Marketing on Pinterest – Getting Started

I’m not sure its even remotely secret…I absolutely adore Pinterest as a user.  I find all manner of ideas and recipes there that help make my days more interesting.

As a marketer, Pinterest is a bit tougher nut to crack.  It has a pretty narrow demographic and if your product or service doesn’t fit, you’re probably barking up the wrong tree.

Creating a marketing strategy around Pinterest is not an easy process.  I think the first step is to be extremely realistic about the ability of your business to appeal to Pinterest’s audience.  Someone who sells auto parts might struggle a bit.  If you sell hand-made craft items…you’re in for a great ride.  The truth is, if you can turn your product into something very visually appealing, that can be labeled and marketed as interesting to the Pinterest demographic – you’re probably going to do okay if you go about it the right way.

Some things I’ve read and figured out on my own:

  • If you want someone to pin from your site, make it really easy – with a BUTTON
  • Add a watermark logo to your pins to preserve the integrity of the source and you as the source as things get repinned
  • Look at the successful pinners and see what they are doing or have done to become successful – try to replicateMarketing your Business on Pinterest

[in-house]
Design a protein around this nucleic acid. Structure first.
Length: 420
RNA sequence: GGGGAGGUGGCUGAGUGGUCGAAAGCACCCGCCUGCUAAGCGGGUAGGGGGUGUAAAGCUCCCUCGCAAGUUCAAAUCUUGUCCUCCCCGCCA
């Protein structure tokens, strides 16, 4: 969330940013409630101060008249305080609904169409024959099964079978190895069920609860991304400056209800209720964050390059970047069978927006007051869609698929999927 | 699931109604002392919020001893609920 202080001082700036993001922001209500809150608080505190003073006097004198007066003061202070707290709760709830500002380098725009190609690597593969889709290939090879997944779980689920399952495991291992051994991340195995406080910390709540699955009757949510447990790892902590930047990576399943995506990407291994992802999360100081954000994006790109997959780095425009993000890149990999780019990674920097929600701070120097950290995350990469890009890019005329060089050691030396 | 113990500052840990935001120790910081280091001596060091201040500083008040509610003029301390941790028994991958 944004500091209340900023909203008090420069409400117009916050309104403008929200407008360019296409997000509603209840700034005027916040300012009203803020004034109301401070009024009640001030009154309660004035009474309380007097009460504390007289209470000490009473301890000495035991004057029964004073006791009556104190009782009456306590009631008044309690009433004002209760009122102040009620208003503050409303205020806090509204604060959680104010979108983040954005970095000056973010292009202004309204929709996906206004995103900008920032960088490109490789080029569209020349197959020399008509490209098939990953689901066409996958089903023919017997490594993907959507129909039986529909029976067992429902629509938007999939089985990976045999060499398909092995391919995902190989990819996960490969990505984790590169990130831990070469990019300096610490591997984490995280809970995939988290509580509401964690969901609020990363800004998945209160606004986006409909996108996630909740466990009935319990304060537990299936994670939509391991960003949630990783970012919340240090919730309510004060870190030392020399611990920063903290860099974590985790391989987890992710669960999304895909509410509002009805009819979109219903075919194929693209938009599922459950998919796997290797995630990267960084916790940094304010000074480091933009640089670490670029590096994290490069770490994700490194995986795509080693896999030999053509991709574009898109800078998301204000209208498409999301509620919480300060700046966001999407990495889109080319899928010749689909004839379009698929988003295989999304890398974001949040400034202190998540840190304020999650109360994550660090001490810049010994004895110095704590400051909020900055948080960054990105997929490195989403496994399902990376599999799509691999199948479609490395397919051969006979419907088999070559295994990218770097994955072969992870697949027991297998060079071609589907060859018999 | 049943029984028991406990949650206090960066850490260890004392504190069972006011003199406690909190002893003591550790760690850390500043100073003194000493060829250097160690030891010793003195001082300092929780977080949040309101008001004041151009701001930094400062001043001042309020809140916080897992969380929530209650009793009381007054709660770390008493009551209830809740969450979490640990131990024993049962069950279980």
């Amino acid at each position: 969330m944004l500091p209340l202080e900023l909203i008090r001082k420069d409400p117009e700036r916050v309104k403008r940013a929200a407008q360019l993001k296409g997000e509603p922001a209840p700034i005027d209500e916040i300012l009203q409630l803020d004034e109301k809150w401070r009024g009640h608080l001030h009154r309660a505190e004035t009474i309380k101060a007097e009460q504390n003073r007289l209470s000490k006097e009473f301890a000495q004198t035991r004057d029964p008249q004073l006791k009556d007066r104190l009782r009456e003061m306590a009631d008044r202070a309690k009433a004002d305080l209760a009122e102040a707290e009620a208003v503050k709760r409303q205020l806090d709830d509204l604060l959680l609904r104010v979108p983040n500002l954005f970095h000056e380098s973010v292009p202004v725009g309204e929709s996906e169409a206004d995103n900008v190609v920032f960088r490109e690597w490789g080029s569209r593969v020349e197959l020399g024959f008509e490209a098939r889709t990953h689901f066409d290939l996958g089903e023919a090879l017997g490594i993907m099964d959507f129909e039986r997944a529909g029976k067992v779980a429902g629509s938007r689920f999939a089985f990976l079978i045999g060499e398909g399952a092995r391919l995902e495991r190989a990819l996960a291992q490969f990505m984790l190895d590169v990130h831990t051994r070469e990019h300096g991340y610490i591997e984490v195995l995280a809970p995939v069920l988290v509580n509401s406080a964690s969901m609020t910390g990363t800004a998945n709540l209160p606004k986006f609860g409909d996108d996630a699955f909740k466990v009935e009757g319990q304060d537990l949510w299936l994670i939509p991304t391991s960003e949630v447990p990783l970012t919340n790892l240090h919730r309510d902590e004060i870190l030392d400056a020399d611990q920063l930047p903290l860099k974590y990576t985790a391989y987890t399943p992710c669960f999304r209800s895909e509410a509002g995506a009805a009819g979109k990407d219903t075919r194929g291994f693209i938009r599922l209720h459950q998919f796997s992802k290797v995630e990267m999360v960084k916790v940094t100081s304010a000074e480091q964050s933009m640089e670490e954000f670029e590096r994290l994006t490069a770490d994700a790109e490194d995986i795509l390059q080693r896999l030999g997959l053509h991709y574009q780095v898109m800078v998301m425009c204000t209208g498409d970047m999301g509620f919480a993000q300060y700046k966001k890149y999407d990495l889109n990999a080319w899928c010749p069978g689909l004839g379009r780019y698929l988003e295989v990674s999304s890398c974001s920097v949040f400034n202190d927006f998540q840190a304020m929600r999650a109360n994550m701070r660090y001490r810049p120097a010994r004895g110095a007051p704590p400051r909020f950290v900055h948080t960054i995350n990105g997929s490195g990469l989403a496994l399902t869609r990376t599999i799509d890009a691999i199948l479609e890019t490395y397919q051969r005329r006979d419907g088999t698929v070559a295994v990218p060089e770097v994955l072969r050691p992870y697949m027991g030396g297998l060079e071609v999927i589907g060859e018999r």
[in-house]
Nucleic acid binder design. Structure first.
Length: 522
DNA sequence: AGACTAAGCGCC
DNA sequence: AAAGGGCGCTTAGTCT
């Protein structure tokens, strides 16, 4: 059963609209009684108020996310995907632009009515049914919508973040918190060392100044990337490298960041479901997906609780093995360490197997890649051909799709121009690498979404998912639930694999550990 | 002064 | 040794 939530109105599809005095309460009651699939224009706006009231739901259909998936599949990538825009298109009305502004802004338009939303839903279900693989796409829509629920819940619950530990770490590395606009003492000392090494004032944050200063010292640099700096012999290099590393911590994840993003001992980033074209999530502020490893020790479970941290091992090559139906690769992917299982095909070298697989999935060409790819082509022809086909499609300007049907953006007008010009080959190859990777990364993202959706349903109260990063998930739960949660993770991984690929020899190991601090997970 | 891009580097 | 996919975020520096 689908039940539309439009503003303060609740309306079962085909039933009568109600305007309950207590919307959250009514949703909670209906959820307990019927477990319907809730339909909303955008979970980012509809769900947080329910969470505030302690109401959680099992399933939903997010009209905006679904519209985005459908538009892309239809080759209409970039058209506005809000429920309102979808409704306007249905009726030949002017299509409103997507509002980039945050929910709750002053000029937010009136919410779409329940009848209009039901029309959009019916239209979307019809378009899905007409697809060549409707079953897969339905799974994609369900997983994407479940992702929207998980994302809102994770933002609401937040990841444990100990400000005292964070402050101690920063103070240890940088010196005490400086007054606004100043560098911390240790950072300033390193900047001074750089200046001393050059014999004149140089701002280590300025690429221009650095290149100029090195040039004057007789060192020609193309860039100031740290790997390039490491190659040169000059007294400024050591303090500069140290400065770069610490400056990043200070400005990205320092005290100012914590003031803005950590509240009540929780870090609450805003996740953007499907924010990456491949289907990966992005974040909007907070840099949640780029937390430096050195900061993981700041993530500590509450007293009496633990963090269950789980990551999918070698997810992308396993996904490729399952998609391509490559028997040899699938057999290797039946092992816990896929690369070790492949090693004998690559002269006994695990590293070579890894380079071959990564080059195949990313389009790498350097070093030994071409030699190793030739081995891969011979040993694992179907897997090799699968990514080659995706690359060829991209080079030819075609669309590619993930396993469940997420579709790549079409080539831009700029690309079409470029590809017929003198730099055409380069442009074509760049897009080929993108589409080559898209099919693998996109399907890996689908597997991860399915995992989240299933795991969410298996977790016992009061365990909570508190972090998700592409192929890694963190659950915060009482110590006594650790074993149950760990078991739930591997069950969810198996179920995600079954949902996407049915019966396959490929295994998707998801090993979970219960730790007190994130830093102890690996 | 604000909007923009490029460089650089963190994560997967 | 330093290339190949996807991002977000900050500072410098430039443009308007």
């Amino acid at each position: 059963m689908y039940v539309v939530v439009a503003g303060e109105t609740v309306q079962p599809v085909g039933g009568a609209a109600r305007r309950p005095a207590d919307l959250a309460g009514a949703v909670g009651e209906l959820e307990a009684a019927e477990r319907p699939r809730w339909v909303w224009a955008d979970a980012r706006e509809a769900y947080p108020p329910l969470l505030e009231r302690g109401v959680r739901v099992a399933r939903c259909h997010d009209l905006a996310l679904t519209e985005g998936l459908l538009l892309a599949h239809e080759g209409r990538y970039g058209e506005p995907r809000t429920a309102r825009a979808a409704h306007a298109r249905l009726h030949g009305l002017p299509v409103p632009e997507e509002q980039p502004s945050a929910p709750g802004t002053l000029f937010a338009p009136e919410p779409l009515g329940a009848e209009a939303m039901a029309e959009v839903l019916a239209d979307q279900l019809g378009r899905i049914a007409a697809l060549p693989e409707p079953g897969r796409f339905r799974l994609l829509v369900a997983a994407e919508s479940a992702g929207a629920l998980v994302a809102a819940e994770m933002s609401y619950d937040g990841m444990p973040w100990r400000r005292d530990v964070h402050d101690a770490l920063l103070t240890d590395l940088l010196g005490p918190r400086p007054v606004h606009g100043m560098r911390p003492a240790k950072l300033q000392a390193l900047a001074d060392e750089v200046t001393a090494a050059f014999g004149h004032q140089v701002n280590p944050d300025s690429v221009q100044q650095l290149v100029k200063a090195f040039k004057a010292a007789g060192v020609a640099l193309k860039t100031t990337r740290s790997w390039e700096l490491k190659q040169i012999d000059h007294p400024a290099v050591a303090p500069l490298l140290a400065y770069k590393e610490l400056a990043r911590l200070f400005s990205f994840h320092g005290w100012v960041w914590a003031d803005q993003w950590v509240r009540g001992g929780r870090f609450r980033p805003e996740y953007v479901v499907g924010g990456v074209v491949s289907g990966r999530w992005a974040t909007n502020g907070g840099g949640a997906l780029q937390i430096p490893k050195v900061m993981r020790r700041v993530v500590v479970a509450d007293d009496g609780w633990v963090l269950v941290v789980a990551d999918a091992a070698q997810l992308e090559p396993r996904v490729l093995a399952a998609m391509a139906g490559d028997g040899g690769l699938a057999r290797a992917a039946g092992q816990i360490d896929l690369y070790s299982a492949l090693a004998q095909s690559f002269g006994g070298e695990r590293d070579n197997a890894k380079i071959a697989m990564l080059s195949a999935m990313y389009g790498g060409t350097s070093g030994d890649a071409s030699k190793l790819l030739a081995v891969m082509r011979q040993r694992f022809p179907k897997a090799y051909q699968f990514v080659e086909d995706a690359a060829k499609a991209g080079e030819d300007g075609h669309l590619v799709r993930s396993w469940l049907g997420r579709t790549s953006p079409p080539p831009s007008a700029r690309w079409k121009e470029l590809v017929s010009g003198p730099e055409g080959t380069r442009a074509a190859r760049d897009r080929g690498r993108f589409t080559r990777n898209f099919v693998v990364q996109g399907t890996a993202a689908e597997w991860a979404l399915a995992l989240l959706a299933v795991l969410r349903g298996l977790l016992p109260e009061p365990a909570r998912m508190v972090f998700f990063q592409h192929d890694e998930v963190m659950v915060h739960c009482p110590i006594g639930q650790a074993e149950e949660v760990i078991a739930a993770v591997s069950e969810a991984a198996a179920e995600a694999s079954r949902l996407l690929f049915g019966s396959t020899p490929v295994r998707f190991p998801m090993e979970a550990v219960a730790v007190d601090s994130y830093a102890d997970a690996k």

• If you want people to pin YOUR stuff, pin THEIR stuff.  Don’t expect this to be one-sided and be successful.  You need to put in as much effort as you expect to receive
  • If your graphics are not high quality, your success might be limited.  It seems that really visually appealing graphic collateral is what gets the most repins
  • Place a call to action in your pins/images
  • Answer the “What’s In It for Me?” question in every piece of content you create and in every pin you share.  Why should or would someone pin your content or repin the graphic once it has been pinned?
  • Use tracking campaign codes in your links so you can measure the success of your campaign in Google Analytics
  • Make sure to give your images good descriptive titles and alt-tags – this comes through when something is pinned from your page or post’s URL.
  • If all else fails, have a cute baby hold it
  • If the baby doesn’t work, make it from or put it in a Mason jar – works nearly EVERY time.

There are some great resources out there to help you understand how to market on Pinterest.  Here are a few I’ve found enlightening:

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